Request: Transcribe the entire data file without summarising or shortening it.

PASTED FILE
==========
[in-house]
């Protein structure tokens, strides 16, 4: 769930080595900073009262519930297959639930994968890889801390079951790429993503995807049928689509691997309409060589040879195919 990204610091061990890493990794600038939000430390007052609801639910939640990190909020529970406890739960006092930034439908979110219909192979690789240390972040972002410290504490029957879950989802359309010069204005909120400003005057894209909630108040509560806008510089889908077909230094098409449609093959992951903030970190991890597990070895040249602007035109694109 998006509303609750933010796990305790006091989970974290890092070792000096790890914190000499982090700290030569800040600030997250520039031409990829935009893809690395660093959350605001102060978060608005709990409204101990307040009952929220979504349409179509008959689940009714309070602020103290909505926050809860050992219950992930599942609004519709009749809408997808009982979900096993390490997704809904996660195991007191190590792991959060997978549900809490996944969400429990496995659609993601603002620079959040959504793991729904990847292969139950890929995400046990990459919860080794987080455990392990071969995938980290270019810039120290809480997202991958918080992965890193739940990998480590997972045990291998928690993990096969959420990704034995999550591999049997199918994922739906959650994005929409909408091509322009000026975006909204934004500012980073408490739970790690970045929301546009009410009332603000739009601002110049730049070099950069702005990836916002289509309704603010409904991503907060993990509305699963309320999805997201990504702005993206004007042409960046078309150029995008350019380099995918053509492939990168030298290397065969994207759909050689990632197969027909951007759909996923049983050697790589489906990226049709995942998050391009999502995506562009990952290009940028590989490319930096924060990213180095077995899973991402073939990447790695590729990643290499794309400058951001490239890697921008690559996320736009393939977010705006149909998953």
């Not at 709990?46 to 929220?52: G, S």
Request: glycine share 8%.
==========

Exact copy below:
[in-house]
């Protein structure tokens, strides 16, 4: 769930080595900073009262519930297959639930994968890889801390079951790429993503995807049928689509691997309409060589040879195919 990204610091061990890493990794600038939000430390007052609801639910939640990190909020529970406890739960006092930034439908979110219909192979690789240390972040972002410290504490029957879950989802359309010069204005909120400003005057894209909630108040509560806008510089889908077909230094098409449609093959992951903030970190991890597990070895040249602007035109694109 998006509303609750933010796990305790006091989970974290890092070792000096790890914190000499982090700290030569800040600030997250520039031409990829935009893809690395660093959350605001102060978060608005709990409204101990307040009952929220979504349409179509008959689940009714309070602020103290909505926050809860050992219950992930599942609004519709009749809408997808009982979900096993390490997704809904996660195991007191190590792991959060997978549900809490996944969400429990496995659609993601603002620079959040959504793991729904990847292969139950890929995400046990990459919860080794987080455990392990071969995938980290270019810039120290809480997202991958918080992965890193739940990998480590997972045990291998928690993990096969959420990704034995999550591999049997199918994922739906959650994005929409909408091509322009000026975006909204934004500012980073408490739970790690970045929301546009009410009332603000739009601002110049730049070099950069702005990836916002289509309704603010409904991503907060993990509305699963309320999805997201990504702005993206004007042409960046078309150029995008350019380099995918053509492939990168030298290397065969994207759909050689990632197969027909951007759909996923049983050697790589489906990226049709995942998050391009999502995506562009990952290009940028590989490319930096924060990213180095077995899973991402073939990447790695590729990643290499794309400058951001490239890697921008690559996320736009393939977010705006149909998953």
């Not at 709990?46 to 929220?52: G, S």
Request: glycine share 8%.